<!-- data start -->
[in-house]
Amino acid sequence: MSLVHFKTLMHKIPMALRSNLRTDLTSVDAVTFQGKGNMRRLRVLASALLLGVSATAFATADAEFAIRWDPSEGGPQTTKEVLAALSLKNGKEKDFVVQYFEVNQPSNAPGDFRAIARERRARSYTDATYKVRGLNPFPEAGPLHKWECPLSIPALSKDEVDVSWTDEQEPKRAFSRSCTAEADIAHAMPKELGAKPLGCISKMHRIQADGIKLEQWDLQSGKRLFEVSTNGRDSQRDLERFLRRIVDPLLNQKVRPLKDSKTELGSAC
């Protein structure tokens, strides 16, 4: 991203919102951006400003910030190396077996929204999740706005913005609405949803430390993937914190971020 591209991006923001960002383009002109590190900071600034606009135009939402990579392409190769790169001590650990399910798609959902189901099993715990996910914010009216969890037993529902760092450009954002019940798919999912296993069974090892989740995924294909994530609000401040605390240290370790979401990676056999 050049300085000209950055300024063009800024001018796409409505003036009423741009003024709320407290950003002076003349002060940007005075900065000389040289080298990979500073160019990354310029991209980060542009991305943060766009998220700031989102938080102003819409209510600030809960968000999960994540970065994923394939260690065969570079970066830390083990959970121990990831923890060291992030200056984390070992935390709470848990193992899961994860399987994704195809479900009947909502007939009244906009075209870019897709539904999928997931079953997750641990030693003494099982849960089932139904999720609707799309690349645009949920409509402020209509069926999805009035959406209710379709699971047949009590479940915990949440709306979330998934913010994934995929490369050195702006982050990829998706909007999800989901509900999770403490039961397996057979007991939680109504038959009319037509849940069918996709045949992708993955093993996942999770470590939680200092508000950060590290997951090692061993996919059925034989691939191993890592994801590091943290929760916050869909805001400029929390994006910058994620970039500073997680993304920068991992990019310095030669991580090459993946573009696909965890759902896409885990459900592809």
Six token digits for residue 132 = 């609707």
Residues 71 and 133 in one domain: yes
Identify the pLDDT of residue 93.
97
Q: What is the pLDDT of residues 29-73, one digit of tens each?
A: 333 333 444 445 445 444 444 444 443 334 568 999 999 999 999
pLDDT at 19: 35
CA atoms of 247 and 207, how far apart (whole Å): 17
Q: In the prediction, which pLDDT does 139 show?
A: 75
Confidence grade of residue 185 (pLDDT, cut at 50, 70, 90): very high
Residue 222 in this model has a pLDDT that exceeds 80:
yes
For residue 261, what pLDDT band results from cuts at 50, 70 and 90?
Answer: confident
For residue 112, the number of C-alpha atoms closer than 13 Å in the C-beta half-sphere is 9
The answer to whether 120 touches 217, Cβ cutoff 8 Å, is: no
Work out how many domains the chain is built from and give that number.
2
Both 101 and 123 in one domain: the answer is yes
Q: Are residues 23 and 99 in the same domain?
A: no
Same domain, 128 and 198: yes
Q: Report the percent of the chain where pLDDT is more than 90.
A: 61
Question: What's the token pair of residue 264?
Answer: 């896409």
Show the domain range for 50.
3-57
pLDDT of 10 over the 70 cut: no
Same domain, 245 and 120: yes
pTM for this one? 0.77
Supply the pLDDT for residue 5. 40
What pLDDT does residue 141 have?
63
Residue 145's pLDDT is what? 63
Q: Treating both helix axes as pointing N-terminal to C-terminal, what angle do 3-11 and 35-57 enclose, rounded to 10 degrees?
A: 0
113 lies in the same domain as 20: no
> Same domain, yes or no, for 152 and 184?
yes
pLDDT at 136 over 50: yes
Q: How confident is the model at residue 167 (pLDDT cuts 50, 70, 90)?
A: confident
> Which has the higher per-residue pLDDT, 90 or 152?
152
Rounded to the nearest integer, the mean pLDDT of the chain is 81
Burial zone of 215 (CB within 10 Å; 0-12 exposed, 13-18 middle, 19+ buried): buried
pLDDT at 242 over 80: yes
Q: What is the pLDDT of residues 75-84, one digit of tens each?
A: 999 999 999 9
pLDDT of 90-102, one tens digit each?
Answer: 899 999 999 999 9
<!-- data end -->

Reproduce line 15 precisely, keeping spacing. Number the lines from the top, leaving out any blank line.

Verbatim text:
Residue 222 in this model has a pLDDT that exceeds 80: